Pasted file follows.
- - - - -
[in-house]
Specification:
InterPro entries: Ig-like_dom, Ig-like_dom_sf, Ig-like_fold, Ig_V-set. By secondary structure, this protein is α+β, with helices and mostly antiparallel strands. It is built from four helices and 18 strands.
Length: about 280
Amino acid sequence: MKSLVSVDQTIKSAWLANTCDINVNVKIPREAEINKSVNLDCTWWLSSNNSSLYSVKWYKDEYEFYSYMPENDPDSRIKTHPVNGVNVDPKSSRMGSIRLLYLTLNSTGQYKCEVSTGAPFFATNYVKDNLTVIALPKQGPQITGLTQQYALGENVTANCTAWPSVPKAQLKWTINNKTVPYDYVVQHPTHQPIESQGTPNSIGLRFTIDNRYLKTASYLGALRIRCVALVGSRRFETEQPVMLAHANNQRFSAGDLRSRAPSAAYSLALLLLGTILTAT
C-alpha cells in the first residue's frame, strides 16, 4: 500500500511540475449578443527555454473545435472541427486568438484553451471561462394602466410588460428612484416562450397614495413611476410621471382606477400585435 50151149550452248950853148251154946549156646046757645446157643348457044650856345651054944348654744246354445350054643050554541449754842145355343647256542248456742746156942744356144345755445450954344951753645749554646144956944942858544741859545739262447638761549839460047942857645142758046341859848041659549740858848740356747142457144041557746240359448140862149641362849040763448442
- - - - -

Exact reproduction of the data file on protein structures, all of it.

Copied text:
[in-house]
Specification:
InterPro entries: Ig-like_dom, Ig-like_dom_sf, Ig-like_fold, Ig_V-set. By secondary structure, this protein is α+β, with helices and mostly antiparallel strands. It is built from four helices and 18 strands.
Length: about 280
Amino acid sequence: MKSLVSVDQTIKSAWLANTCDINVNVKIPREAEINKSVNLDCTWWLSSNNSSLYSVKWYKDEYEFYSYMPENDPDSRIKTHPVNGVNVDPKSSRMGSIRLLYLTLNSTGQYKCEVSTGAPFFATNYVKDNLTVIALPKQGPQITGLTQQYALGENVTANCTAWPSVPKAQLKWTINNKTVPYDYVVQHPTHQPIESQGTPNSIGLRFTIDNRYLKTASYLGALRIRCVALVGSRRFETEQPVMLAHANNQRFSAGDLRSRAPSAAYSLALLLLGTILTAT
C-alpha cells in the first residue's frame, strides 16, 4: 500500500511540475449578443527555454473545435472541427486568438484553451471561462394602466410588460428612484416562450397614495413611476410621471382606477400585435 50151149550452248950853148251154946549156646046757645446157643348457044650856345651054944348654744246354445350054643050554541449754842145355343647256542248456742746156942744356144345755445450954344951753645749554646144956944942858544741859545739262447638761549839460047942857645142758046341859848041659549740858848740356747142457144041557746240359448140862149641362849040763448442